Broadband Monitor

The Broadband Monitor lets you quickly tell if your broadband connection is working. By running regular checks you can tell if your connection is up and if your connection speed is normal. It can run in the background from the system tray to monitor your connection.

Broadband Monitor screen

Features

•        Checks broadband connection by pinging remote Internet sites.

•        Shows the relative connection speed with a 4 level grading scheme.

•        Small, light application runs in the task bar.

•        Can write results to log file

•        Can also be used to monitor LAN/WAN connectivity or to monitor a specific computer or web site.

 

The main monitor screen is divided into 6 sections:

Indicator

Sites

Loop

Results

Grade

Control


 

Main Indicator

 

Shows the results of the last test (green=pass, yellow=failed last test, red=failed repeatedly), the number of times each test result has happened and the time of the last test result at level.

The box at right shows that the test has passed 15 times and the last passed test was at 11:08 AM. Note that a response from the site within the timeout period is considered a pass, regardless of the grade.

     


     
Sites Section

Web sites or computers used to verify connectivity.    

 

      Main/Alt

Primary and secondary sites used fro testing. This can be web sites, computers on a LAN or an IP address.

     Name

Name of the web site or computer. This is the name that will be resolved to an IP address and used for testing

      IP Address

This is the IP address resolved from the name.

      Test

Press test button to check the connectivity.


Loop  Section

Tells how often to check the connection. The test uses Ping to test the connection and measure the connection speed.

 

Start/Stop

Starts/Stops the test  loop.

Loop Counter

Counts how many times the test has been completed.

Loop time

Time, in minutes, between each test.

Time to Live:

Maximum number of hops allowed to destination. The default TTL value is 64 hops. We recommend changing this to 128 if you have difficulty reaching certain sites.

Time-to-live (TTL) is a value in an Internet Protocol (IP) packet that tells a network router whether or not the packet has been in the network too long and should be discarded. For a number of reasons, packets may not get delivered to their destination in a reasonable length of time. For example, a combination of incorrect routing tables could cause a packet to loop endlessly. A solution is to discard the packet after a certain time and send a message to the originator, who can decide whether to resend the packet. The original idea of TTL was that it would specify a certain time span in seconds that, when exhausted, would cause the packet to be discarded. Since each router is required to subtract at least one count from the TTL field, the count is usually used to mean the number of router hops the packet is allowed before it must be discarded. Each router that receives a packet subtracts one from the count in the TTL field. When the count reaches zero, the router detecting it discards the packet and sends an Internet Control Message Protocol (ICMP) message back to the originating host.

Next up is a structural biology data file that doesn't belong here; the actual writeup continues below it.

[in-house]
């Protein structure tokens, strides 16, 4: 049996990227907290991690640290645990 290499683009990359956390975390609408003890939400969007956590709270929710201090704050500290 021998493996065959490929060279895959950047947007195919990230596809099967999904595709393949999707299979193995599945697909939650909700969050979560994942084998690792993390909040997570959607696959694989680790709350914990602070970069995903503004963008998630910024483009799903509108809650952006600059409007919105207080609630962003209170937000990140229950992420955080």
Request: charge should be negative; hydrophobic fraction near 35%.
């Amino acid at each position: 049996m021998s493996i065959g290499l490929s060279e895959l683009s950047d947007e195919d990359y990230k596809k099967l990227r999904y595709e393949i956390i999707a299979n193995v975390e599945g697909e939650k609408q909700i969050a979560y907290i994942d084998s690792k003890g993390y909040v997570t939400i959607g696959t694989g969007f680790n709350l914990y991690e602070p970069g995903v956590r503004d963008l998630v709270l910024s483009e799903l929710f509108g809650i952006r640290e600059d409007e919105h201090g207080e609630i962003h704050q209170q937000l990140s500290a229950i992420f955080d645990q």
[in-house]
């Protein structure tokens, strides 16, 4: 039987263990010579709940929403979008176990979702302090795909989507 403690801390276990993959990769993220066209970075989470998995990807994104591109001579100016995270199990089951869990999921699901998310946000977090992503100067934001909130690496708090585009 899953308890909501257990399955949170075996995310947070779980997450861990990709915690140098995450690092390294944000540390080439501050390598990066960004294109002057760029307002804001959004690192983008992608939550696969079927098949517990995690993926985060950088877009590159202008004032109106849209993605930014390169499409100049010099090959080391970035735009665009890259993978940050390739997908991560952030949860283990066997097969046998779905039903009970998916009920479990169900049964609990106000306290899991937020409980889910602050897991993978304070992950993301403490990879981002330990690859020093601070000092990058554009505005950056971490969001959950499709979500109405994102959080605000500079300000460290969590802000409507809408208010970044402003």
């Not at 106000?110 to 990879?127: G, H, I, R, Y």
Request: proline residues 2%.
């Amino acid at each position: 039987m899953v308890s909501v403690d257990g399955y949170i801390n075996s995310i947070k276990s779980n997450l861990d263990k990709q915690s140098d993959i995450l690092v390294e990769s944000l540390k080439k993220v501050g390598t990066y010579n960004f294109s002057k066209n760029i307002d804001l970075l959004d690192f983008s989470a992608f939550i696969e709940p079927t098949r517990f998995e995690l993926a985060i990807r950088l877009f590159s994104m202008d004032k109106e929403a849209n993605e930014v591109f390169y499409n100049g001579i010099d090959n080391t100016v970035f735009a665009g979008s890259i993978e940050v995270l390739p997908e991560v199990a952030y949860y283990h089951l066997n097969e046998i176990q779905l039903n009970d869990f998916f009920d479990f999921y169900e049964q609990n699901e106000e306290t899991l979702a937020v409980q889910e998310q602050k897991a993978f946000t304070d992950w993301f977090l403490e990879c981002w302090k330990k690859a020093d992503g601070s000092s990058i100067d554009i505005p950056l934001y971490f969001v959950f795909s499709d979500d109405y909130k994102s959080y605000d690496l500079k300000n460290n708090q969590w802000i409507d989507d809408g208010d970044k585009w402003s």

Time Out

Maximum time to wait for a reply from the site, in milliseconds.


 

Test Results Section

Shows the results of the communications tests.
Results are color coded by grade.


Status at

       Shows OK if passes test, otherwise shows error.


Trip Time

       Shows the round trip time (in milliseconds) of a successful ping.

   


 

Grade Section

 

The grade section allows you to color code the results of the successful test. The speed of the response can be compared against 4 different levels, each identified with a shade of green. Remember that lower numbers indicate a faster connection. The default value of level A, 75 ms, means that a site responding in 75 ms or less will be considered the fastest.